Yea, maybe, but right now my ass is too sore to think about it.

  58. 58
    danimal says:

    My blood is boiling for all the people who pretended the last three months that we could just start over and then magiaclly get a more liberal bill. And a fucking pony.

    Isn’t it put up or shut up time for our progressive leaders to introduce the magical pony, single-payer bill that will pass Congress? They got their wish and killed the bill. Now they can introduce the improved bill without all those messy compromises. Don’t get mad at them; they had a plan and vociferously mocked those of us that wanted to pass this bill because it was the best we could get. Now that they have apparently won, it’s time for them to deliver.

    Where’s the better bill? It needs to pass this year, or there won’t be enough Democrats on Capitol Hill to play a touch football game.

  59. 59
    WitlessinSeattle says:

    Yes, it’s all the fault of JANE HAMSHER!!!!!!! With the 200+ Senators and 5000+ Reps she controls, she destroyed the Most Pragmaticast, Politically Feasiblist Jinormous Health Care Reform in the History of Ever! Why, she’s as destructive as Attila, or Hitler, or even…..RALPH NADER!!!!

    Thanksjane!

  60. 60
    Elie says:

    ..And I have to say, since I really do not accept their explanation (the firebaggers), that they were just after a better piece of legislation given the known difficulties with the way our Congress was behaving, my mind goes to very cynical and dark places about their motivation. I just do not accept that they couldnt see the reality..Makes me think that the sabotage was deliberately done — perhaps paid for in various ways, by the hard opponents — either the insurance companies, the Republicans or related others. Especially watching Hamsher smootching on ’em. No going back from that for me and while I am not a typical purger type, I want her off any discussion of a solution. She to me is worse than Tokyo Rose. She actually aided and abetted directly..

  61. 61
    The Raven says:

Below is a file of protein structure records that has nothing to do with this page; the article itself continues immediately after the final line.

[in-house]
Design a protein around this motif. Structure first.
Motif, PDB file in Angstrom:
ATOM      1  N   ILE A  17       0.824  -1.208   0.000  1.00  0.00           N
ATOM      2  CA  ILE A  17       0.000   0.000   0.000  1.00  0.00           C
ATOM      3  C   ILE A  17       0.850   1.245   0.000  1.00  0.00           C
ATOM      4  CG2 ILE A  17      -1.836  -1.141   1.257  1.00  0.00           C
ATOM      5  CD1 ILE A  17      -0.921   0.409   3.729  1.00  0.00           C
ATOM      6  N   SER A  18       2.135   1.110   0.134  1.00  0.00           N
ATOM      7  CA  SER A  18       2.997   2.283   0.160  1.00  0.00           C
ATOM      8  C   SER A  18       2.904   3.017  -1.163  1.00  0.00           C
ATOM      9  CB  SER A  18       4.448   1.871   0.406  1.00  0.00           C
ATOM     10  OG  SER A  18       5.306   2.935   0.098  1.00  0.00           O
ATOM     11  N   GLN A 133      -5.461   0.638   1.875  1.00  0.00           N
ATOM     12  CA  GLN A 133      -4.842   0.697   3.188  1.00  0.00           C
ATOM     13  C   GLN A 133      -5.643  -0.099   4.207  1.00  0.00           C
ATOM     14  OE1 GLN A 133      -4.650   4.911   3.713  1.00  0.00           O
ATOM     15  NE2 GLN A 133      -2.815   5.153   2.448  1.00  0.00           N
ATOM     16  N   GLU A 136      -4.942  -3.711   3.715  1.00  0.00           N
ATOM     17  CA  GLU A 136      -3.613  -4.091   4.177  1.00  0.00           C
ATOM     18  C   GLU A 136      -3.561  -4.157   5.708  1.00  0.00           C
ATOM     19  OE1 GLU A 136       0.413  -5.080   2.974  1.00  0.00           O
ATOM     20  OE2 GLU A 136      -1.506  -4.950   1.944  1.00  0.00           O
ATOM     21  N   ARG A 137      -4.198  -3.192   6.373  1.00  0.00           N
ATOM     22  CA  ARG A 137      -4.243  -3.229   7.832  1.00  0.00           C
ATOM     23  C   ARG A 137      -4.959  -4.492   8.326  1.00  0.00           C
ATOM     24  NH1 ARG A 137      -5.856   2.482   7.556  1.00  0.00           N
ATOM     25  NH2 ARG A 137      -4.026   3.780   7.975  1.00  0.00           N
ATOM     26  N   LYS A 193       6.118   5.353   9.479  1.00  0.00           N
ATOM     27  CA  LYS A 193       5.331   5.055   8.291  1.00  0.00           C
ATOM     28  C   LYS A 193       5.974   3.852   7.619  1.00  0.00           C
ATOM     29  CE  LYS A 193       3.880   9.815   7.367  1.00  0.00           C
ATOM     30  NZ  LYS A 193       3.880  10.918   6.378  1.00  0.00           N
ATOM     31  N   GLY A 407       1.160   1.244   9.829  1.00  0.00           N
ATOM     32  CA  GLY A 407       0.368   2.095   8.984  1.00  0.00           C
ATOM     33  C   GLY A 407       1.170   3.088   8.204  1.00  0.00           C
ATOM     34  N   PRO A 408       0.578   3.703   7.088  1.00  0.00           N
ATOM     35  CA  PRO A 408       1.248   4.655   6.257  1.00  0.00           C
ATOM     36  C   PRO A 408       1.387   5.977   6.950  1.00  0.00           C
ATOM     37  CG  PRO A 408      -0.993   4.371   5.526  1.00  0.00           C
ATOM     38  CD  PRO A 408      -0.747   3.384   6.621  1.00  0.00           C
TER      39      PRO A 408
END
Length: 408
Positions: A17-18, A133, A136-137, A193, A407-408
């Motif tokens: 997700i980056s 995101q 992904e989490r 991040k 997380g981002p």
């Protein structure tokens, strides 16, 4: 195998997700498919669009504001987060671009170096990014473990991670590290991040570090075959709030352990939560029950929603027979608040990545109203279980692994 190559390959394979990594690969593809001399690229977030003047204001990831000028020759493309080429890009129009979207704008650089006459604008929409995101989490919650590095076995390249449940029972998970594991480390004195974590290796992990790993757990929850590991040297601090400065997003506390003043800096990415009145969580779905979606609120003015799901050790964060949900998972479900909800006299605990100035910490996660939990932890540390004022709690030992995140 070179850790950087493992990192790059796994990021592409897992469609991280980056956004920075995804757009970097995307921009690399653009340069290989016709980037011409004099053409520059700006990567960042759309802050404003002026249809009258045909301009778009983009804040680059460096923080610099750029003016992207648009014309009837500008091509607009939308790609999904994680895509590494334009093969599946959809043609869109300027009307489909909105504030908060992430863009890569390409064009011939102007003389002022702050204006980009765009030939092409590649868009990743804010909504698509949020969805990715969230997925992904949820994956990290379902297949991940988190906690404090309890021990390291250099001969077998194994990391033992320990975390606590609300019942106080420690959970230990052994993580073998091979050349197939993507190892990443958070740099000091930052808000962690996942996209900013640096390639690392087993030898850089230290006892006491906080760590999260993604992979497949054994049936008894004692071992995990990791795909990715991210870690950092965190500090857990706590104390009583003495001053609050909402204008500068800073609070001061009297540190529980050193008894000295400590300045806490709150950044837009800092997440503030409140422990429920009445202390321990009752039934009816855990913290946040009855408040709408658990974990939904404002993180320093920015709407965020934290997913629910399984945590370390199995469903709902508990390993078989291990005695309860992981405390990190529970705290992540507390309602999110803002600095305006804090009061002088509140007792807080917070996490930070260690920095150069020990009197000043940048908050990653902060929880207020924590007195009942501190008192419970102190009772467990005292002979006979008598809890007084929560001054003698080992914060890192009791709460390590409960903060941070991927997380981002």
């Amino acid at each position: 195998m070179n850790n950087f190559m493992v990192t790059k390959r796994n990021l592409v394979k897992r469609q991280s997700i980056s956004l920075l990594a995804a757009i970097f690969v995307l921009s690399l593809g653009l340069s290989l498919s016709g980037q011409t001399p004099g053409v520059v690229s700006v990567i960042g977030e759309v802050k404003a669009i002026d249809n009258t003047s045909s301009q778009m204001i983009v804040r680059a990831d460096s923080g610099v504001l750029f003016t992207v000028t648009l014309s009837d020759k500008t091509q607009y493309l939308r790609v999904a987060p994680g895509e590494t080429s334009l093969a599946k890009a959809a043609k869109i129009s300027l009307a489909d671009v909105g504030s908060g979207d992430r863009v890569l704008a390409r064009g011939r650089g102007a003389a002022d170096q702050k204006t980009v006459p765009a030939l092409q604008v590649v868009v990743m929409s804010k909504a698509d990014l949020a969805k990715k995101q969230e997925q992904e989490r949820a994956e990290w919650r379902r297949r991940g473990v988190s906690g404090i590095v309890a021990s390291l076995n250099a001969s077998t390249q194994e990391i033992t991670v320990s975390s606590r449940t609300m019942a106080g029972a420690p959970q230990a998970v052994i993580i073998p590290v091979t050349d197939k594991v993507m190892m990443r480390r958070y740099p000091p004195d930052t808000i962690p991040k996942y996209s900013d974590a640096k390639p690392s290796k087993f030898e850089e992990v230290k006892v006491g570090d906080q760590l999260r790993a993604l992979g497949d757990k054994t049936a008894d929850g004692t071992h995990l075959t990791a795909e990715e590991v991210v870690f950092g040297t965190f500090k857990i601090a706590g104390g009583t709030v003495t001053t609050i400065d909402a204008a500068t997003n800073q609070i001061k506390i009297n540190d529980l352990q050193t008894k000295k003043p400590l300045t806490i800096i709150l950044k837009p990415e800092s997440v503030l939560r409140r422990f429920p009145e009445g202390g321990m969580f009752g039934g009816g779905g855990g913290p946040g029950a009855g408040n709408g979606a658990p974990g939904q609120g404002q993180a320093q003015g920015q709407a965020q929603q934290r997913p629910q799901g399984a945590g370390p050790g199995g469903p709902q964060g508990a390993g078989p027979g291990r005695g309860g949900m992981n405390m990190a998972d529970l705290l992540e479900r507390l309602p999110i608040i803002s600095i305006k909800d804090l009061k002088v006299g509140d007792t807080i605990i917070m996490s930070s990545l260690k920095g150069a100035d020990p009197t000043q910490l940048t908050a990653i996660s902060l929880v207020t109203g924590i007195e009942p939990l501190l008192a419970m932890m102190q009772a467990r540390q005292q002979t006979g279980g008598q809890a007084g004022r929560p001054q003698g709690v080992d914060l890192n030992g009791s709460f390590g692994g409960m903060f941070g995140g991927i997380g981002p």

And the liberals are responsible for the failure of the Senate Democrats to deliver a plan that is remotely popular, or even makes financial sense, how, exactly?

    Good luck getting better regulation on the insurance companies in the new “corporations can spend as much money as they want on political propaganda” media regime. But then, the Court may decide that the regulations which control insurance company abuses are unconstitutional.

    Hey, more food for corvids.

    Croak!

  62. 62
    Elie says:

    @Elie:

    Also had the indignity of experiencing one of our regular Libertarian type Democrats actually chortle with glee at the death of this. You tell me how you unify when actions were taken to explicitly divide and kill upfront by these same folks…Did they think that they might actually kill the Democratic Party? I have to think so. Burning down the village to save it so to speak…

  63. 63
  64. 64
    The Raven says:

    We have here Jane Hamsher on FDL funding:

    No, we don’t take money from Scott Brown, or anyone who has informed us that they’re Republicans, or anyone who has asked us to do anything in return for a donation. We get thousands of small donor donations and don’t ask anyone’s party affiliation, but the “pay-for-play” accusation implies we’re knowingly doing something for money. In five years, nobody has ever asked us to write or do anything in exchange for a donation, nor have we ever done so.

  65. 65
    Elie says:

    @The Raven:

    But its dead now, right. Dead. You and your purity squad should be glad. We have nothing to offer millions, MILLIONS of people who had nothing and will continue to have nothing while you and your squad can continue to hold out for the perfect.

  66. 66
    Elie says:

    @danimal:

    Absolutely!

  67. 67
    Rick Taylor says:

    Heck of a job, Democrats. Heck of a job. My blood is boiling for all the people who pretended the last three months that we could just start over and then magiaclly get a more liberal bill. And a fucking pony.

    __
    I’m confused. These people were not the problem. I’m feeling outrage exhaustion, but if my blood were boiling, it would be for the Republicans who’ve decided to opt out of any constructive discussion of the serious problems this country is facing, together with the prima donna centrists in the senate who, while professing how they wanted to pass health care reform, decided to use a filibuster, a procedural maneuver which if used at all ought to be reserved for the most heinous legislation, to dictate conditions without having to bargain in good faith.

  68. 68
    Elie says:

    @The Raven:

    Her goal may be to destroy the current Democratic party rather than a revenue target for herself or her organization. Would be very interested in the provenance of those little contributions, though.

  69. 69
    Mnemosyne says:

    @The Raven:

    I was wondering when someone was going to show up to gloat. Yep, that’s right, you’ve helped kill healthcare reform for the next decade. That’s sure something to be proud of.

  70. 70
    Mnemosyne says:

    @The Raven:

    And the liberals are responsible for the failure of the Senate Democrats to deliver a plan that is remotely popular, or even makes financial sense, how, exactly?